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With all the hype surrounding the burgeoning production method, some beliefs have become wrongly entrenched.

In the past 5 years, metal additive manufacturing has made great strides as a discipline. Thanks to significant breakthroughs and developments, media coverage and public consciousness of the field have exploded. The mania surrounding 3D printed organs, guns, and other hot-topic items are just recent symptoms of our society’s natural fascination with exciting 3D printing technologies.

As awareness of additive manufacturing has grown in recent years, however, certain misconceptions have taken root.  These 5 beliefs are commonly held, but businesses that cling to them might find themselves behind the proverbial eight ball as industrial AM continues to proliferate.

Misconception #1: Metal AM is ready for production

As with any emerging technology, it’s important to keep expectations in check. Today, it’s rare for volume production of any part via 3D printing to be cost competitive with more established methods like CNC machining or injection molding. The parts that are cost competitive are usually very small and complex.

While metal AM is a powerful tool for many manufacturing companies looking to speed up their product development cycles, making lots of parts is off the table for most 3D printing processes. High material costs, slow throughput, and high post-processing requirements (more on this in a moment) make production runs inefficient. If you DO want to get started today, 3DEO is one of only a handful of organizations with the infrastructure in place to handle full production efficiently.

Misconception #2: 3D printing will come to dominate the manufacturing landscape

It’s true that AM, and metal AM in particular, is growing at a breakneck pace. This rapid expansion has led many to speculate that the technology will supplant traditional manufacturing techniques. After all, if the capacity is there, why not 3D print everything?

Unfortunately, it’s not that simple. There are too many factors limiting the efficiency of 3D printing processes for large, simple parts. For most applications, casting, forging, machining, or molding will remain the most economical solution.  Additive manufacturing will certainly take its place among other fabrication techniques, but it won’t be the panacea for all metal manufacturing.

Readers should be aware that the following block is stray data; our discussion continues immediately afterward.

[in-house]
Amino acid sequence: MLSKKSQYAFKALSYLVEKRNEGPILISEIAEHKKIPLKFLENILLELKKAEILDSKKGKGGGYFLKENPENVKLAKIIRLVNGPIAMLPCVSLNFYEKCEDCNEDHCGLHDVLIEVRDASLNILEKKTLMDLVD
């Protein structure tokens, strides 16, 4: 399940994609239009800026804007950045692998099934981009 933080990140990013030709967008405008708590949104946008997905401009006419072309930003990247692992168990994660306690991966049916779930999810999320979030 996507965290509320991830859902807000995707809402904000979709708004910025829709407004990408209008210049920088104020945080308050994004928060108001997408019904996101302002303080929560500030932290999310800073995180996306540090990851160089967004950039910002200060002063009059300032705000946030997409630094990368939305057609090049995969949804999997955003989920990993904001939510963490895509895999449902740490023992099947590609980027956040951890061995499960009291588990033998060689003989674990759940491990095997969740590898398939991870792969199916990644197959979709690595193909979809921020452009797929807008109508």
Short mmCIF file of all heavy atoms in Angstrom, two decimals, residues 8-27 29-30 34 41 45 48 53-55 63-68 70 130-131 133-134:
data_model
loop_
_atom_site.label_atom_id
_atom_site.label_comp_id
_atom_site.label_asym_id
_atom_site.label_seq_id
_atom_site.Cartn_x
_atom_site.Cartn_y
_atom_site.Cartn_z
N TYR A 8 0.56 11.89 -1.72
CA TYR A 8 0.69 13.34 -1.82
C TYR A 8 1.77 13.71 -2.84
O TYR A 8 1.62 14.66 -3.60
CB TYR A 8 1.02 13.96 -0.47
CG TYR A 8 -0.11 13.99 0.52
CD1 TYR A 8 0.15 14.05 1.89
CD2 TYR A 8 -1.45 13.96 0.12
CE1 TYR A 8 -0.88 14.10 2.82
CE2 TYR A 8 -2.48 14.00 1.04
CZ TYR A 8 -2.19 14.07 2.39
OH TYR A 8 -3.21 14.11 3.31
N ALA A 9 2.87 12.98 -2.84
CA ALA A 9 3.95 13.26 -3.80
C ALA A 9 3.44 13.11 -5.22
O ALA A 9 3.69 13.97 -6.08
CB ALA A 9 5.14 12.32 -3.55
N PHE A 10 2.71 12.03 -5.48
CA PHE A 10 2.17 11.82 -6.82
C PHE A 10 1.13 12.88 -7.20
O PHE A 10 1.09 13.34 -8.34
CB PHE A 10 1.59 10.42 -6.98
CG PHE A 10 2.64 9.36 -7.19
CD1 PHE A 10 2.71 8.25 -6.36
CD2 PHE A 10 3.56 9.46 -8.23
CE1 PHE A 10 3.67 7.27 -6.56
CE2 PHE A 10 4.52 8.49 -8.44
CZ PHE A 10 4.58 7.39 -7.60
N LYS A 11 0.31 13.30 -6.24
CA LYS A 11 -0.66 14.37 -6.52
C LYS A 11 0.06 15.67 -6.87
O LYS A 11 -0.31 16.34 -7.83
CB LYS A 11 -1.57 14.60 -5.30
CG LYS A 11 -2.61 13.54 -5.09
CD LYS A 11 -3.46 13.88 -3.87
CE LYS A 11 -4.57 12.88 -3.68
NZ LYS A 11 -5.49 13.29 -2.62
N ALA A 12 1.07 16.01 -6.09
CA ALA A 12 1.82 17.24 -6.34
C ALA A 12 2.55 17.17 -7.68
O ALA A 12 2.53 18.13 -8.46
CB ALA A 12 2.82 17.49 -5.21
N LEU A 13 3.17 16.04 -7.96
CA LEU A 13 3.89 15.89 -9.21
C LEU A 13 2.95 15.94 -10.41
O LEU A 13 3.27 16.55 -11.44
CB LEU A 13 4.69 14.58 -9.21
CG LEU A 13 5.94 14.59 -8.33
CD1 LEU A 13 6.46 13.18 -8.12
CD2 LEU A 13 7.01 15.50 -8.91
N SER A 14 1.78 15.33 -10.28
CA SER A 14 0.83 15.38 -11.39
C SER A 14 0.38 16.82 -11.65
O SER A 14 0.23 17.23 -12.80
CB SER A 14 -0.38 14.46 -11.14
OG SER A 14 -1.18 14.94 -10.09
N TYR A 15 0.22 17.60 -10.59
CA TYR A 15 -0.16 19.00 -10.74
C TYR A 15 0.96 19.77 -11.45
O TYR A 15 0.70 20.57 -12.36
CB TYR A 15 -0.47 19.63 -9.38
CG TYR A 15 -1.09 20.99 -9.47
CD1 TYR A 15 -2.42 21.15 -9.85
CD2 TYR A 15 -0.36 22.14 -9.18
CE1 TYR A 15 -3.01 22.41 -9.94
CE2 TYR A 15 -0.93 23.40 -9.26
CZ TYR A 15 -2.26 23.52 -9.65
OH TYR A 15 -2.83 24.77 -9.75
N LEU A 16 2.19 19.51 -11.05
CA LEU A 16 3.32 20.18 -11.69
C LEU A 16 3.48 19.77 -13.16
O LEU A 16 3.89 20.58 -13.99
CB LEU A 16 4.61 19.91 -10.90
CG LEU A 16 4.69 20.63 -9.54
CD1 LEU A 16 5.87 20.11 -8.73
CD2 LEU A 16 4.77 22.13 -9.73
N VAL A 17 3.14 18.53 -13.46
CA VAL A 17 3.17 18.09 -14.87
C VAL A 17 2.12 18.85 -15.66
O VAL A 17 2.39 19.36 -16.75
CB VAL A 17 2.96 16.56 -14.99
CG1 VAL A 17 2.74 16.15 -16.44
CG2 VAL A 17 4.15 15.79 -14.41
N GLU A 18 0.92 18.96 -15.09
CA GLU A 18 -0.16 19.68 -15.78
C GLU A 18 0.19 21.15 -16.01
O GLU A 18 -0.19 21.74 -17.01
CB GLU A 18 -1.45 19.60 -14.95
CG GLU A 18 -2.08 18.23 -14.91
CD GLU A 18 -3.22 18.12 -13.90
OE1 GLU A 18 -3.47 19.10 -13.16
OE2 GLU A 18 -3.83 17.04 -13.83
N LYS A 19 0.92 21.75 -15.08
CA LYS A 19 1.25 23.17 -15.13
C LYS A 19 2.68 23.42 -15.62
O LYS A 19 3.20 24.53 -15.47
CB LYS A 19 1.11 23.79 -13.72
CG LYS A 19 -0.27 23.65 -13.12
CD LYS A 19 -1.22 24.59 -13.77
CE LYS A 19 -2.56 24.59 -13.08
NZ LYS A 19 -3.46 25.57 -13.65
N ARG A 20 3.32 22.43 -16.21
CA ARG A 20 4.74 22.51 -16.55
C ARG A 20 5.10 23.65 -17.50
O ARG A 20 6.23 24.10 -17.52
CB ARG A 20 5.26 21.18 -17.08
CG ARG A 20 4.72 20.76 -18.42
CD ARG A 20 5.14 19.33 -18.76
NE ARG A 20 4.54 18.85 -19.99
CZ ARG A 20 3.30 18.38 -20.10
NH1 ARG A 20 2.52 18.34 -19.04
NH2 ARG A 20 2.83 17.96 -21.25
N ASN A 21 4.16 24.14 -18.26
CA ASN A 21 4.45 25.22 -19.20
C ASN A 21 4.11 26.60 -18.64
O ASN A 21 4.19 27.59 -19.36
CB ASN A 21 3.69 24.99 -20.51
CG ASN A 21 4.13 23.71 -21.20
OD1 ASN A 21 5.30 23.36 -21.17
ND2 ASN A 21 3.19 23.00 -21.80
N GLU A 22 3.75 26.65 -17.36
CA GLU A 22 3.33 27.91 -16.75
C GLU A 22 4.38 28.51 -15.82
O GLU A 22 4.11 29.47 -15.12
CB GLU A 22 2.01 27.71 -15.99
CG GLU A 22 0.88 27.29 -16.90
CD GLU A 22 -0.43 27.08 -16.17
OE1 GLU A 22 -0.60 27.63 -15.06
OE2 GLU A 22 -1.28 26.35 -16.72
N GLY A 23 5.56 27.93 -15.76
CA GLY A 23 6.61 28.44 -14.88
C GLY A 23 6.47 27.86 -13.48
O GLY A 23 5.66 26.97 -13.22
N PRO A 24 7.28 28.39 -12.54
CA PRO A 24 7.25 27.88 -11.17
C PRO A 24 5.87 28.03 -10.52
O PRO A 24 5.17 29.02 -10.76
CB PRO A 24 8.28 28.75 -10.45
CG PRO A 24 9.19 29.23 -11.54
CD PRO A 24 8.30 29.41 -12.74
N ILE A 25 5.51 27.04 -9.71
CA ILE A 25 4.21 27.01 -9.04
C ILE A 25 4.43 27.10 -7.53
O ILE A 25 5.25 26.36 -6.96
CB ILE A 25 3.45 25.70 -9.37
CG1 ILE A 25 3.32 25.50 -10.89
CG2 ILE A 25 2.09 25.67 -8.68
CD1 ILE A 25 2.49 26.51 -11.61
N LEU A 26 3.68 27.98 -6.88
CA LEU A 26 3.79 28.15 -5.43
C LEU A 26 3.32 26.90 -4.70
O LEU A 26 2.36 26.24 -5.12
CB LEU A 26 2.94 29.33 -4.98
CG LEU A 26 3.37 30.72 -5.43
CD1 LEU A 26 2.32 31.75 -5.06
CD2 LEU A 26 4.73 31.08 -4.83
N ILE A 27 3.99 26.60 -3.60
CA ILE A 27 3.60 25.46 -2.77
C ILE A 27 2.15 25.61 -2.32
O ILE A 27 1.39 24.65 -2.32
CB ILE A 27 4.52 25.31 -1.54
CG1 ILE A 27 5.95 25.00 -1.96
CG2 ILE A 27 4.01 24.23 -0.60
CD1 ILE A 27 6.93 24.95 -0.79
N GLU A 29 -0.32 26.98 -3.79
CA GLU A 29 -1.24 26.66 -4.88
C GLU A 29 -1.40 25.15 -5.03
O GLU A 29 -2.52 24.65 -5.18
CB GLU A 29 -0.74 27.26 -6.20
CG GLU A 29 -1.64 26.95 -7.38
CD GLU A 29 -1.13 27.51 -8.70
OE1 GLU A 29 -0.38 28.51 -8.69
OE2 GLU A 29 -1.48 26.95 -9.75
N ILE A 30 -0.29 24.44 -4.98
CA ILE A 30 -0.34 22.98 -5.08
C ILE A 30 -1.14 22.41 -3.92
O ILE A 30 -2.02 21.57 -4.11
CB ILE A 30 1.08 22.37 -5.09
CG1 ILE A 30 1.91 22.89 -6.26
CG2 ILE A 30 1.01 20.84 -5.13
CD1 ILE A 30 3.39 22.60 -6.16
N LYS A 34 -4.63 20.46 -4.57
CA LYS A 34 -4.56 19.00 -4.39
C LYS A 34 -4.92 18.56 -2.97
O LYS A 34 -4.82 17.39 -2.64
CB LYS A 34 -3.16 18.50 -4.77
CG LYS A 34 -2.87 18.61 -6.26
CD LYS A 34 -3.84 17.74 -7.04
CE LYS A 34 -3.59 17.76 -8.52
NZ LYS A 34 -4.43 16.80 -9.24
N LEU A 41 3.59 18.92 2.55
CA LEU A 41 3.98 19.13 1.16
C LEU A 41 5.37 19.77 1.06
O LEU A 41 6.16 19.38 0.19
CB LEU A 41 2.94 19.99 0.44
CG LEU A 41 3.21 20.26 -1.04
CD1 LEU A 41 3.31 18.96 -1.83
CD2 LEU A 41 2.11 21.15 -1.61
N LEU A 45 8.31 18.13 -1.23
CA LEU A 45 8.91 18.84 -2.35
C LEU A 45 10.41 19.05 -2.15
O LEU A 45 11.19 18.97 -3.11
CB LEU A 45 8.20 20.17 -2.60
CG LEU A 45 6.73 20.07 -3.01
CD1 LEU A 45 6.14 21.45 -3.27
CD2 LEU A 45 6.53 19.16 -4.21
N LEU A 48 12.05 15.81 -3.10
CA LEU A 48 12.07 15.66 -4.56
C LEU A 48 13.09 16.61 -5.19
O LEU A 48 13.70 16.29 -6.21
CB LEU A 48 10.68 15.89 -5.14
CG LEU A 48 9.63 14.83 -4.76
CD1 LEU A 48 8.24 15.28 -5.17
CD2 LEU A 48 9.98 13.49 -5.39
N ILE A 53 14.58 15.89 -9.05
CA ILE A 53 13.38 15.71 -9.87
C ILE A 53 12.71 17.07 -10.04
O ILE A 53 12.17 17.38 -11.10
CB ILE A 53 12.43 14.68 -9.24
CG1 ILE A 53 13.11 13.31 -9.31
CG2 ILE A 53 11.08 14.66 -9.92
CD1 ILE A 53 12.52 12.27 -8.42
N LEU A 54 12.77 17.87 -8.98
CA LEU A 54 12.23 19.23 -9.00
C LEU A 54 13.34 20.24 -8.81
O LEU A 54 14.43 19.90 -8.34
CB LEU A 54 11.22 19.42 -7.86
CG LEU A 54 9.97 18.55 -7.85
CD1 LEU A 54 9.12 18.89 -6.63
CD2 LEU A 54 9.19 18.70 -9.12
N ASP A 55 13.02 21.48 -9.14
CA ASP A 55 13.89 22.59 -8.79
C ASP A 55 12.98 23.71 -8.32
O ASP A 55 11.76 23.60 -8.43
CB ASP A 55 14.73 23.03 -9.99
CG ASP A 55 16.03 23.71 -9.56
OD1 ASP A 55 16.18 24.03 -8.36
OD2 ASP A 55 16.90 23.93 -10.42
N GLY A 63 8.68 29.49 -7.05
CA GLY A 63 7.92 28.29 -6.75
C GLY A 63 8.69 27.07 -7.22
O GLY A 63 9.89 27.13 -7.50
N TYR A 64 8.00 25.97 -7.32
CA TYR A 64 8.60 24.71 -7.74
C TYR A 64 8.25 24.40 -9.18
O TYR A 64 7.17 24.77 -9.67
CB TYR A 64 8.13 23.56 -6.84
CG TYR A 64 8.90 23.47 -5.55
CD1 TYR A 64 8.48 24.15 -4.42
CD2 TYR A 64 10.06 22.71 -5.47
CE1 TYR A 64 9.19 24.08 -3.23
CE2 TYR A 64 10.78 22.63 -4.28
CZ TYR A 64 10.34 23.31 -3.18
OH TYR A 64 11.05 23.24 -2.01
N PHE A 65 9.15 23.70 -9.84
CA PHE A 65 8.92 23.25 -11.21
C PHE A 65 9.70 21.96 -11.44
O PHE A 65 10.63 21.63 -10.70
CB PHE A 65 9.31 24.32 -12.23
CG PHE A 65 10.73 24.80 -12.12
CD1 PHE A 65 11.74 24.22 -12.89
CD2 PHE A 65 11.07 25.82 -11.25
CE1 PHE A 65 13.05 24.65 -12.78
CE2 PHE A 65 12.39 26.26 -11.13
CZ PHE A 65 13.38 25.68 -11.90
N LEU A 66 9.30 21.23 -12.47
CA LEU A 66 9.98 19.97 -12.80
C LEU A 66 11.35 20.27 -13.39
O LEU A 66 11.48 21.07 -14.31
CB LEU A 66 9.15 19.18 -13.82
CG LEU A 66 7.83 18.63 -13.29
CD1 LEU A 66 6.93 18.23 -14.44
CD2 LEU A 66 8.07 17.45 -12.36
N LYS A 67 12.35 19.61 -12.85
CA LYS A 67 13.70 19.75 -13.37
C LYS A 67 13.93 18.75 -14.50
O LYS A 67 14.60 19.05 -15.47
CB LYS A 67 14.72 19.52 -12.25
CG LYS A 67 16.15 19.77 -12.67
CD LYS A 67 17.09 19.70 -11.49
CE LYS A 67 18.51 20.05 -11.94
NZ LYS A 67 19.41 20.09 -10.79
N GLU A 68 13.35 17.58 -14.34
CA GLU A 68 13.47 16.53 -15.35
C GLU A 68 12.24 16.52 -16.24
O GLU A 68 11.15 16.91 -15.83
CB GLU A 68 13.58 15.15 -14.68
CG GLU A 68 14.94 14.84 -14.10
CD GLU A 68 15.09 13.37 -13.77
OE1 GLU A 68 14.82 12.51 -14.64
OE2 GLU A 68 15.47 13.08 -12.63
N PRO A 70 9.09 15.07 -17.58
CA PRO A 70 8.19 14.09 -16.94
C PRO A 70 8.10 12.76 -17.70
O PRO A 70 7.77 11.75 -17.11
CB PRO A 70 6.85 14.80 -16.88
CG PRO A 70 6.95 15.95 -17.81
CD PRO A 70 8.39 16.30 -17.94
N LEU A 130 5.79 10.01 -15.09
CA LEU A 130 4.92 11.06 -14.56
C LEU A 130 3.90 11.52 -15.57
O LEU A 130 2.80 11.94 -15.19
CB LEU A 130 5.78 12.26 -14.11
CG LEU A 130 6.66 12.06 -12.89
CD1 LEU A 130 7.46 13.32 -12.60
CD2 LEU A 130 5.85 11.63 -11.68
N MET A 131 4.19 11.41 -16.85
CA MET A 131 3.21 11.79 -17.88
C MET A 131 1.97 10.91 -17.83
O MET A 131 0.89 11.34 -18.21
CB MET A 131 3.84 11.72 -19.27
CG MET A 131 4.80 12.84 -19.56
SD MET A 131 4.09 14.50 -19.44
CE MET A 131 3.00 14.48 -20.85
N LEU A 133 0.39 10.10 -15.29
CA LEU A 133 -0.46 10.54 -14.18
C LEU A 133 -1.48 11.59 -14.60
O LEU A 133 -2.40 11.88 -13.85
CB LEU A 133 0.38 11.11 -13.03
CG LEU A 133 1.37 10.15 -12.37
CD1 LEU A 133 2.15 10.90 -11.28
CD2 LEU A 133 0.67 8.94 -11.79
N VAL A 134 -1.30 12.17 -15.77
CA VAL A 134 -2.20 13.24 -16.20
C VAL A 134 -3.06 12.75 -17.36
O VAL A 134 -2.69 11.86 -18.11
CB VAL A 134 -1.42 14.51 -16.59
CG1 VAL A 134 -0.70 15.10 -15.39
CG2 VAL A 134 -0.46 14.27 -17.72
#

Misconception #3: Parts are ready to use as soon as they’re printed

Part of the misrepresentation of 3D printing as the end-all solution has to do with the notion that all that’s required to bring a part into production is uploading a CAD file. Components don’t leave the build tray ready to go like the Star Trek Replicator. Invariably, parts require significant postprocessing to be ready to use.

Most metal AM techniques produce parts with much higher roughness averages (Ra) than what’s expected in conventional manufacturing. Tolerances usually aren’t up to snuff.  As a result, heat treatment or some type of machining is usually necessary to hit the part tolerances required of most applications. With most metal 3D printing, it’s safe to expect postprocessing to account for as much as 50 percent of final part cost.

3DEO is one of the only metal AM service providers capable of approaching the surface finish, tolerances, and part quality of traditional methods.

Misconception #4: Metal AM is mostly used to produce ornaments and trinkets, not commercial components.

The excitement around 3D printing for at-home applications has obscured a larger trend. The fact is that companies from all corners of industry have found important uses for the technology in their processes.

From GE to Porsche to Airbus, large OEMs are increasingly integrating metal AM into their regular production schedules. As the technology improves, so too does speed and quality, making it feasible to produce highly complex parts at scale. Innovative manufacturers have found that 3D printing certain components unlocks performance benefits that wouldn’t be possible given the limitations of conventional means.

Misconception #5: 3D printing is still just a low volume method.

While it’s fair to characterize 3D printing to date as only efficient for prototyping or extremely low volume runs, that’s changing very quickly. Some AM service bureaus like 3DEO have the technology and processes in place to accommodate large orders at a cost that’s on par with molding or casting. That’s pushing the boundaries of what’s economically efficient for manufacturers.

3DEO, for instance, recently received an order for 28,000 pieces. Given that 3DEO’s production capacity will double Q1 2019, even bigger numbers could become the norm. With our proprietary printing systems, high level of automation, and relentless focus on driving cost out of the process, we expect to be handling orders of 250,000 pieces per year and up. If you’re interested in seeing what volume 3D printing can do for your supply chain, give us a shout. We’re more than happy to advise.


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